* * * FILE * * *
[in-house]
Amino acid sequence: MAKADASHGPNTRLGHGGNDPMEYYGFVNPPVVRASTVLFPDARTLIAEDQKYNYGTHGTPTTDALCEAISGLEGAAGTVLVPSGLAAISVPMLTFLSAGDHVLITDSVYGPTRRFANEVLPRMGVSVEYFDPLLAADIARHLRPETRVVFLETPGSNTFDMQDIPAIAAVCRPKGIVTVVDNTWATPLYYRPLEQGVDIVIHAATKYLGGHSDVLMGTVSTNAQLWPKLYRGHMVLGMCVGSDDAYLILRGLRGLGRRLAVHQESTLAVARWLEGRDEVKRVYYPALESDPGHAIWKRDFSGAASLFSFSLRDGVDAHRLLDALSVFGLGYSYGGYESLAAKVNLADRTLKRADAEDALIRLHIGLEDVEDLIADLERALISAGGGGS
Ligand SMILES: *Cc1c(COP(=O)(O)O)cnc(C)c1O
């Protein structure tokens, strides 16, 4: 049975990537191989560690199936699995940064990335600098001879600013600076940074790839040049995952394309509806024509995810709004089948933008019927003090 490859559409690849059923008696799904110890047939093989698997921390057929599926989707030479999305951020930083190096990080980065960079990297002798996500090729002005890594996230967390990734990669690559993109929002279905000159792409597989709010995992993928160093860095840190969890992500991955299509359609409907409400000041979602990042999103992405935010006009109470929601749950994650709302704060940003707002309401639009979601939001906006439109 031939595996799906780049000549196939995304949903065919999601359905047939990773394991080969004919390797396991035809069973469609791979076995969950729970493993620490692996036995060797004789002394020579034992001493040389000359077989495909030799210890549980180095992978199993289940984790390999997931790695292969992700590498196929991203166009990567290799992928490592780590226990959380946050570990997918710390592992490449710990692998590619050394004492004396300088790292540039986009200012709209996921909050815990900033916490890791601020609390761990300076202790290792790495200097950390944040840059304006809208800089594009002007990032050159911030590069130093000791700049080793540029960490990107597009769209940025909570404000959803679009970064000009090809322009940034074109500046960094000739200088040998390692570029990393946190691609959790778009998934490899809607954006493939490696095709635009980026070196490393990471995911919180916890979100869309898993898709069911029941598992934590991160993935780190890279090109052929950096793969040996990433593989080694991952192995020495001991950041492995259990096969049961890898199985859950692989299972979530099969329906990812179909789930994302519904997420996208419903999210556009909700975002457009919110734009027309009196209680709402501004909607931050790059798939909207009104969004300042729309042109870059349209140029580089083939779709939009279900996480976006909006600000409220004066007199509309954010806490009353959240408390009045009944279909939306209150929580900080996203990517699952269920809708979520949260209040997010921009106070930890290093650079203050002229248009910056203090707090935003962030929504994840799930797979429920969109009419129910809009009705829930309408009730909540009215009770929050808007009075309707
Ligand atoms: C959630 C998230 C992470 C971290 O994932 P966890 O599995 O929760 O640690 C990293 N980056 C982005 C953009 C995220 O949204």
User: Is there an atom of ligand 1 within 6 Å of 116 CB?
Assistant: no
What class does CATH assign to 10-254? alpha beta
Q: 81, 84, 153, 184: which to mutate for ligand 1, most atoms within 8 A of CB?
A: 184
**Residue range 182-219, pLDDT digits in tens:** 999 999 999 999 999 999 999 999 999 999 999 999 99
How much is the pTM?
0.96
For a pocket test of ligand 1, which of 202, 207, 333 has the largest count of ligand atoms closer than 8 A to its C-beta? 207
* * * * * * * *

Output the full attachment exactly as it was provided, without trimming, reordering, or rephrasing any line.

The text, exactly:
[in-house]
Amino acid sequence: MAKADASHGPNTRLGHGGNDPMEYYGFVNPPVVRASTVLFPDARTLIAEDQKYNYGTHGTPTTDALCEAISGLEGAAGTVLVPSGLAAISVPMLTFLSAGDHVLITDSVYGPTRRFANEVLPRMGVSVEYFDPLLAADIARHLRPETRVVFLETPGSNTFDMQDIPAIAAVCRPKGIVTVVDNTWATPLYYRPLEQGVDIVIHAATKYLGGHSDVLMGTVSTNAQLWPKLYRGHMVLGMCVGSDDAYLILRGLRGLGRRLAVHQESTLAVARWLEGRDEVKRVYYPALESDPGHAIWKRDFSGAASLFSFSLRDGVDAHRLLDALSVFGLGYSYGGYESLAAKVNLADRTLKRADAEDALIRLHIGLEDVEDLIADLERALISAGGGGS
Ligand SMILES: *Cc1c(COP(=O)(O)O)cnc(C)c1O
């Protein structure tokens, strides 16, 4: 049975990537191989560690199936699995940064990335600098001879600013600076940074790839040049995952394309509806024509995810709004089948933008019927003090 490859559409690849059923008696799904110890047939093989698997921390057929599926989707030479999305951020930083190096990080980065960079990297002798996500090729002005890594996230967390990734990669690559993109929002279905000159792409597989709010995992993928160093860095840190969890992500991955299509359609409907409400000041979602990042999103992405935010006009109470929601749950994650709302704060940003707002309401639009979601939001906006439109 031939595996799906780049000549196939995304949903065919999601359905047939990773394991080969004919390797396991035809069973469609791979076995969950729970493993620490692996036995060797004789002394020579034992001493040389000359077989495909030799210890549980180095992978199993289940984790390999997931790695292969992700590498196929991203166009990567290799992928490592780590226990959380946050570990997918710390592992490449710990692998590619050394004492004396300088790292540039986009200012709209996921909050815990900033916490890791601020609390761990300076202790290792790495200097950390944040840059304006809208800089594009002007990032050159911030590069130093000791700049080793540029960490990107597009769209940025909570404000959803679009970064000009090809322009940034074109500046960094000739200088040998390692570029990393946190691609959790778009998934490899809607954006493939490696095709635009980026070196490393990471995911919180916890979100869309898993898709069911029941598992934590991160993935780190890279090109052929950096793969040996990433593989080694991952192995020495001991950041492995259990096969049961890898199985859950692989299972979530099969329906990812179909789930994302519904997420996208419903999210556009909700975002457009919110734009027309009196209680709402501004909607931050790059798939909207009104969004300042729309042109870059349209140029580089083939779709939009279900996480976006909006600000409220004066007199509309954010806490009353959240408390009045009944279909939306209150929580900080996203990517699952269920809708979520949260209040997010921009106070930890290093650079203050002229248009910056203090707090935003962030929504994840799930797979429920969109009419129910809009009705829930309408009730909540009215009770929050808007009075309707
Ligand atoms: C959630 C998230 C992470 C971290 O994932 P966890 O599995 O929760 O640690 C990293 N980056 C982005 C953009 C995220 O949204």
User: Is there an atom of ligand 1 within 6 Å of 116 CB?
Assistant: no
What class does CATH assign to 10-254? alpha beta
Q: 81, 84, 153, 184: which to mutate for ligand 1, most atoms within 8 A of CB?
A: 184
**Residue range 182-219, pLDDT digits in tens:** 999 999 999 999 999 999 999 999 999 999 999 999 99
How much is the pTM?
0.96
For a pocket test of ligand 1, which of 202, 207, 333 has the largest count of ligand atoms closer than 8 A to its C-beta? 207